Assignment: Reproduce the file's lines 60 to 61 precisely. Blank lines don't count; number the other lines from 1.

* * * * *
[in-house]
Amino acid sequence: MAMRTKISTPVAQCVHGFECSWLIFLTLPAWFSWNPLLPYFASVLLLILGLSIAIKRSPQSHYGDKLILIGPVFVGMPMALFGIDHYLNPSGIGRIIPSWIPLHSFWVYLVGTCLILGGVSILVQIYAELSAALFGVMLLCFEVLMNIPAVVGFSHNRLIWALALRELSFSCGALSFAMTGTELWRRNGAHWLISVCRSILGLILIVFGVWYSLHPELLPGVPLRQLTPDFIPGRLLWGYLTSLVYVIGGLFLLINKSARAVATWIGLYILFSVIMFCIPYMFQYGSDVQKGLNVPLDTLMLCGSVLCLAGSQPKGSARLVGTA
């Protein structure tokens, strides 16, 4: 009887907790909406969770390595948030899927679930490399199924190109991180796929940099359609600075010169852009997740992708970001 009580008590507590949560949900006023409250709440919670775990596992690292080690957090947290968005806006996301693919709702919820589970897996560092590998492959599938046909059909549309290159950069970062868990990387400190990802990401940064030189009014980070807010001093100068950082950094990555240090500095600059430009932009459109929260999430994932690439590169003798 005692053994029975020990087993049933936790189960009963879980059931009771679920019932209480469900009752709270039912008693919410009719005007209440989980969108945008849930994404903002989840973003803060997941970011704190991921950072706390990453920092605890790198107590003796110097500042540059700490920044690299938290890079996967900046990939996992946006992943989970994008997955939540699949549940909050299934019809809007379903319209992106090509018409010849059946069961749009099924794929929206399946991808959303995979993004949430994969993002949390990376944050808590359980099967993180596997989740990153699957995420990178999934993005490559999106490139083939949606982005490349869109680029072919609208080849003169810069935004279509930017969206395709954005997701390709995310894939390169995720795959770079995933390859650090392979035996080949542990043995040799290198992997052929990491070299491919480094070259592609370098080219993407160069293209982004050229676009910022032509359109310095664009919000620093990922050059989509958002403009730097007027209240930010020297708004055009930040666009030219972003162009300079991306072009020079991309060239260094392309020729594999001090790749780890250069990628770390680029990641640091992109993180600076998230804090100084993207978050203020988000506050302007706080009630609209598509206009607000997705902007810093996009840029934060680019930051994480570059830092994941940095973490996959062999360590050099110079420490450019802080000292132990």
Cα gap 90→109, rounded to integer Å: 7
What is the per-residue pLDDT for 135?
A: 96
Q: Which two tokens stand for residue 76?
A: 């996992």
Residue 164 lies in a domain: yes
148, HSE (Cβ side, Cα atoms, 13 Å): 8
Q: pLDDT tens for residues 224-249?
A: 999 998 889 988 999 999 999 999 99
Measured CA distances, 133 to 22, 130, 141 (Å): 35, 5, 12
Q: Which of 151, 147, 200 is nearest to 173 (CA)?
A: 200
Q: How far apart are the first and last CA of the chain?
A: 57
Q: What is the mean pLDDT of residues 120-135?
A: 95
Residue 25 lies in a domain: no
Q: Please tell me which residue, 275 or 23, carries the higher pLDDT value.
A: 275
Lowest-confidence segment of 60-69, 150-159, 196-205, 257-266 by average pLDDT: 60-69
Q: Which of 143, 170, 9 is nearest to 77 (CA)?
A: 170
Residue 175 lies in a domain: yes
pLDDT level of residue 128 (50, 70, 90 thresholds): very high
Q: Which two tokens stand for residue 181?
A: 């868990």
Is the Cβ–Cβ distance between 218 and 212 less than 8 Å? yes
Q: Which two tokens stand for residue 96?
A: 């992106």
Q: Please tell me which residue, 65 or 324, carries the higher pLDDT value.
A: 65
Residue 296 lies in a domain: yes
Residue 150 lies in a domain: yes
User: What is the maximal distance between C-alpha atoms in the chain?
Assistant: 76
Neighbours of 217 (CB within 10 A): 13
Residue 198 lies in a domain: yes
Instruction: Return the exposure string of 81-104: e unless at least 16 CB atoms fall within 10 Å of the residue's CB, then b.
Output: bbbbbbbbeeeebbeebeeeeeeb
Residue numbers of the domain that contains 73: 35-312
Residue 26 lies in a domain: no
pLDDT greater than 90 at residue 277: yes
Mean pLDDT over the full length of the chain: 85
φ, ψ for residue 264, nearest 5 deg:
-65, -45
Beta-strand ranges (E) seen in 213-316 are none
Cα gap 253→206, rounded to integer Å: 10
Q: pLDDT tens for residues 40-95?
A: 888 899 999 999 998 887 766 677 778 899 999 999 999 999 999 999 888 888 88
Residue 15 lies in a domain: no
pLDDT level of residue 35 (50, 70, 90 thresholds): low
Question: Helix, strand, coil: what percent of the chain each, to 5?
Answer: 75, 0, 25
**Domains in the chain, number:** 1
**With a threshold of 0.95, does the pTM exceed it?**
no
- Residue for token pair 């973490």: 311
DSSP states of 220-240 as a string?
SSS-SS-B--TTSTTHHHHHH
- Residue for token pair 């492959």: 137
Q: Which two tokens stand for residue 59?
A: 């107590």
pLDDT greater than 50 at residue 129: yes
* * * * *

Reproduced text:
- Residue for token pair 């973490």: 311
DSSP states of 220-240 as a string?